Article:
Hawaii—surrounded by water, big water—has lowest gun death rate in U.S., and stricter gun control

Hawaii—surrounded by water, big water—has lowest gun death rate in U.S., and stricter gun control

Whenever we experience one of those mass shootings that, for some reason, only ever seem to happen in this country, the gun fetishists trot out the fact that large American municipalities with strict gun control laws often have high rates of gun fatalities.

Texas Gov. Greg Abbott—who, let’s not forget, once tried to blame the failure of his state’s power grid on a mutant race of chaotic-evil intergalactic space raccoons—is one of these disingenuous fellows. (Wait, no. That doesn’t make sense. He actually blamed it on wind turbines and solar energy. Wait, that makes even less sense. Did someone spike my coffee with bath salts, or am I just reading things Republicans say out loud in public again?) 

After the recent shooting in—checks Excel spreadsheet—Uvalde, Texas, Abbott whatabouted the tragedy, noting the number of gun deaths cities like Chicago see every year: “I hate to say this, but there are more people who were shot every weekend in Chicago than there are in schools in Texas,” he said. 

While, yes, it’s true that Chicago has a gun problem—like most of the rest of the country. But in general, guns are a far bigger problem in some areas of the country—like, erm, Texas—than in others.

Following the Uvalde massacre, CNN took a look at individual states’ gun death rates, and one thing stood out: States with lots of guns tend to have lots of gun deaths.

Here’s the rate of gun deaths per 100,000 residents in the states that are most affected by gun violence, according to CNN:

  • Mississippi: 28.6
  • Louisiana: 26.3
  • Wyoming: 25.9
  • Missouri: 23.9
  • Alabama: 23.6
  • Alaska: 23.5

And here are those states’ rates of gun ownership, defined by the percentage of adults who live in a household with at least one gun:

  • Mississippi: 50%
  • Louisiana: 48%
  • Wyoming: 59%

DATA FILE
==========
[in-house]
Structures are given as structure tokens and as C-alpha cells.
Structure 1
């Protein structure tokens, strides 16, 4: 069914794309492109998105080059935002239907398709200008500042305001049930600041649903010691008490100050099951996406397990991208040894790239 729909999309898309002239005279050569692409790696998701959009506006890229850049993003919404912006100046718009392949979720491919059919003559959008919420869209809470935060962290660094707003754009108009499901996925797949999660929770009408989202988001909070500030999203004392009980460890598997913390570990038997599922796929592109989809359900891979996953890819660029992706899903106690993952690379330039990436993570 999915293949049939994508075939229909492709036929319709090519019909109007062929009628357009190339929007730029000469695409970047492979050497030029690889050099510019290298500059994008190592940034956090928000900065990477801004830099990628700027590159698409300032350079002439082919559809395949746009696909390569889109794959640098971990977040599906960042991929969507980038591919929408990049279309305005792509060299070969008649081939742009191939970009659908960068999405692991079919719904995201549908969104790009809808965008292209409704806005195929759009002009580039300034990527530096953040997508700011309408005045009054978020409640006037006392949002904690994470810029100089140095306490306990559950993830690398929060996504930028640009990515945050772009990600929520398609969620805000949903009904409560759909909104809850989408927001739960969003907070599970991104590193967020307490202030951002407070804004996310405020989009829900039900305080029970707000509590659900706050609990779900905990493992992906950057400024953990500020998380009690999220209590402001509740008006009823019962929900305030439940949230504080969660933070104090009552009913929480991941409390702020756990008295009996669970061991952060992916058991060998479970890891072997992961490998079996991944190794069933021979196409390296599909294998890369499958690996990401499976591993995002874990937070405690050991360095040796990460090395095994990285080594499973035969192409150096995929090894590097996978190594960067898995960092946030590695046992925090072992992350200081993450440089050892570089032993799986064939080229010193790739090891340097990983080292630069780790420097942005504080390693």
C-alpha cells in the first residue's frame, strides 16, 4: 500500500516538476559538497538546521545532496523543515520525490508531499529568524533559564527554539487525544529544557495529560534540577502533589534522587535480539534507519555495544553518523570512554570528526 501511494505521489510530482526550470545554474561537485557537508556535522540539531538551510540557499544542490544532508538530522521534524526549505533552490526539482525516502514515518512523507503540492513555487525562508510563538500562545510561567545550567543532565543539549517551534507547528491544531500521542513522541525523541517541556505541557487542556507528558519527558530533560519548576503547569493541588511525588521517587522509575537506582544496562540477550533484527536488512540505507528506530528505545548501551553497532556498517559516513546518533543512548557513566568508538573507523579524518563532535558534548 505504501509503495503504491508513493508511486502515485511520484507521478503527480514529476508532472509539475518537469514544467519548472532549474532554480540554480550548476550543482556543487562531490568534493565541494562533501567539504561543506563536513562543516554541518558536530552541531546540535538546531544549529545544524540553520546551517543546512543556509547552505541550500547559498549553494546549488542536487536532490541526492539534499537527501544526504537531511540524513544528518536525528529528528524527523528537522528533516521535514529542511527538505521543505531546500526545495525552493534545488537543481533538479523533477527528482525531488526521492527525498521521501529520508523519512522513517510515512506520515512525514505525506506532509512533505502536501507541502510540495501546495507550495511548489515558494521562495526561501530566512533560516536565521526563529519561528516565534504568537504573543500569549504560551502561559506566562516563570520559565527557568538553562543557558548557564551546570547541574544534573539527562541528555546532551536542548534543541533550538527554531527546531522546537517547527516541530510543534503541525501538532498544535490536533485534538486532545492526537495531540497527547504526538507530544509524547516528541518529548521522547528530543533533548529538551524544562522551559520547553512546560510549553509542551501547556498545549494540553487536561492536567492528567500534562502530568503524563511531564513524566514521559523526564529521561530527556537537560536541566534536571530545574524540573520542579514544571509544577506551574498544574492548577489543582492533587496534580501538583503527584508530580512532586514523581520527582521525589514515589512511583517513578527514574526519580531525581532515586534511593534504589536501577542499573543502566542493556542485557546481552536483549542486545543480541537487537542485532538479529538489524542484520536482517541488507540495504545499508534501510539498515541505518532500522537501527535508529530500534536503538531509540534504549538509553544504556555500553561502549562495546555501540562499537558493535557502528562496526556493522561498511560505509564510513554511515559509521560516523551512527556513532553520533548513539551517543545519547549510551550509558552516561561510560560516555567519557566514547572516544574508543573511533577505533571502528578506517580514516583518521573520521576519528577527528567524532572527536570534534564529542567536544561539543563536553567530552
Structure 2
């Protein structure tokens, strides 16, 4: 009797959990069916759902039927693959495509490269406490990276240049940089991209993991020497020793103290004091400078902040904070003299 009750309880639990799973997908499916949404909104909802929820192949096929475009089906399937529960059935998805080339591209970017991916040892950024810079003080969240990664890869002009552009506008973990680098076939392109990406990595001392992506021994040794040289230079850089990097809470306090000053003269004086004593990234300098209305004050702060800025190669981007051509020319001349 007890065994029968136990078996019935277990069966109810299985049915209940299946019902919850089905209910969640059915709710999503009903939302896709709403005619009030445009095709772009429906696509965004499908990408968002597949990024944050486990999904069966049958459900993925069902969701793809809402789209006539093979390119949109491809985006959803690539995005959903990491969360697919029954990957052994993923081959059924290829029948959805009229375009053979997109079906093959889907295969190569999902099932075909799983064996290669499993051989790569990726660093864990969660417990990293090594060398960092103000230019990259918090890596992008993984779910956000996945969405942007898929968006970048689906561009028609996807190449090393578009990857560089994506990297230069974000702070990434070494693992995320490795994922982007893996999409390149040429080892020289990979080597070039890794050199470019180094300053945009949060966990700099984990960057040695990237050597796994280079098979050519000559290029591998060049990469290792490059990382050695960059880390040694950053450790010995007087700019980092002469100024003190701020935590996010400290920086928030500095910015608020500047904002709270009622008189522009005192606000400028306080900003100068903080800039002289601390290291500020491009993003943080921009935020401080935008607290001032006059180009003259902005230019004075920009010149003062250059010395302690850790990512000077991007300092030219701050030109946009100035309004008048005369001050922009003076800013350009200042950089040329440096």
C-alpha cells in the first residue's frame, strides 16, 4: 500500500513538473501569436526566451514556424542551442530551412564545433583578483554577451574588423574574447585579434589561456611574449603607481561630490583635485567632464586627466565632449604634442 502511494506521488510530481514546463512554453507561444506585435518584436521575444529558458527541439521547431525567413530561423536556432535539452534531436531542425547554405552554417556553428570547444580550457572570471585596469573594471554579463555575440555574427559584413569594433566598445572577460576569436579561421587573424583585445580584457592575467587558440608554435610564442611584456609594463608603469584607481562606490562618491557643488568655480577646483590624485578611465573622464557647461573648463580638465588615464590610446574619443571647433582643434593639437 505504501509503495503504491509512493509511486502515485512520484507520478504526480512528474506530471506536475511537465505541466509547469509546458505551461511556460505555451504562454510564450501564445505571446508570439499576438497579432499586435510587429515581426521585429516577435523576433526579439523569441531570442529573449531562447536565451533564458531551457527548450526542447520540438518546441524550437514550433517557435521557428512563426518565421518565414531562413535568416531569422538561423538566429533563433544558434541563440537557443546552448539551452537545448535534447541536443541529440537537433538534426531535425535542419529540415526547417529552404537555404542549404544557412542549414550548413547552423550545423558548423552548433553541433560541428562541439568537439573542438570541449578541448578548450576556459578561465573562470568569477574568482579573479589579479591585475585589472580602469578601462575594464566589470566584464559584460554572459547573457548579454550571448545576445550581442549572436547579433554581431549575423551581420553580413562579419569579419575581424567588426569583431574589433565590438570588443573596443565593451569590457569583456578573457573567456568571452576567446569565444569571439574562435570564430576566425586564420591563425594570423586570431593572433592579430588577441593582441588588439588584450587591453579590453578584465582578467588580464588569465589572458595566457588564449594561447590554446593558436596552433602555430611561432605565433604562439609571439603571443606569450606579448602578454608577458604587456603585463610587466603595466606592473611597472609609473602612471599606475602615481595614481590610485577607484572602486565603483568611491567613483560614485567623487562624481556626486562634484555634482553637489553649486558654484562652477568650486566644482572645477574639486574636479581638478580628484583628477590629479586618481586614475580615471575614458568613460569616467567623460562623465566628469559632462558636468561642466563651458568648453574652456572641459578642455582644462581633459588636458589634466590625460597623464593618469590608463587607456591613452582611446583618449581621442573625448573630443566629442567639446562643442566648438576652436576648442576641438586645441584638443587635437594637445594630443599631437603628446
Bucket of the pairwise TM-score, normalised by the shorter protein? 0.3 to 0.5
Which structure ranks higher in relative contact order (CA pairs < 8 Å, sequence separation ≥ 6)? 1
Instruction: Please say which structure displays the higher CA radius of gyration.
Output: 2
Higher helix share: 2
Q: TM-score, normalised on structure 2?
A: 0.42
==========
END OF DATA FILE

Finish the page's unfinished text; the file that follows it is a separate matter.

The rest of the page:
• Missouri: 48%
  • Alabama: 50%
  • Alaska: 59%

Meanwhile, here are the comparable numbers for the states least affected by gun violence:

  • Hawaii: 3.4 deaths per 100,000 residents (8% live in a household with a gun)
  • Massachusetts: 3.7 (10%)
  • New Jersey: 5 (8%)
  • Rhode Island: 5.1 (11%)
  • New York: 5.3 (14%)

Those are stark numbers—and particularly instructive is Hawaii’s example. After all, it’s enacted stricter anti-gun measures than most states, and the Aloha State doesn’t have to worry nearly as much about guns streaming in from areas with lax gun laws. Because it’s an island, surrounded by water. Big water. Ocean water.

Hawaii has the lowest gun death rate in the country — Hawaii also requires permits with a mandatory 14 day waiting period, an age requirement of being 21 to buy a gun, and bans on assault weapons and magazines with more than 10 rounds.

— Tom George (@TheTomGeorge) June 2, 2022

It also has the advantage of not suffering from crime guns coming in from red states with weak laws. For example, Chicago crime guns, which Republicans always cite, mainly come from Indiana, a fact which @GOP completely ignores.

— Coach H (@Hoopgreen) June 3, 2022

According to Everytown for Gun Safety, a gun violence prevention advocacy group, Hawaii has the second-strongest gun control laws in the union, after California (whose gun death rate is less than a third of Mississippi’s).

So it’s important to compare apples and oranges—or pineapples and oranges, as it were. Chicago is a big city, but for all intents and purposes, it’s bordered by relatively gun-friendly Wisconsin and Indiana. And as much as I’d like to put moats around all the blue states to keep guns and Kid Rock and seven-layer mayonnaise-based salads out, that’s just not realistic.

So maybe instead of a patchwork of gun laws, we could all follow Hawaii’s example and settle on the ones that really work. But before we do any of that, we’ll need to enact far stricter Republican control.

Make it so.  

Check out Aldous J. Pennyfarthing’s four-volume Trump-trashing compendium, including the finale, Goodbye, Asshat: 101 Farewell Letters to Donald Trump, at this link. Or, if you prefer a test drive, you can download the epilogue to Goodbye, Asshat for the low, low price of FREE.

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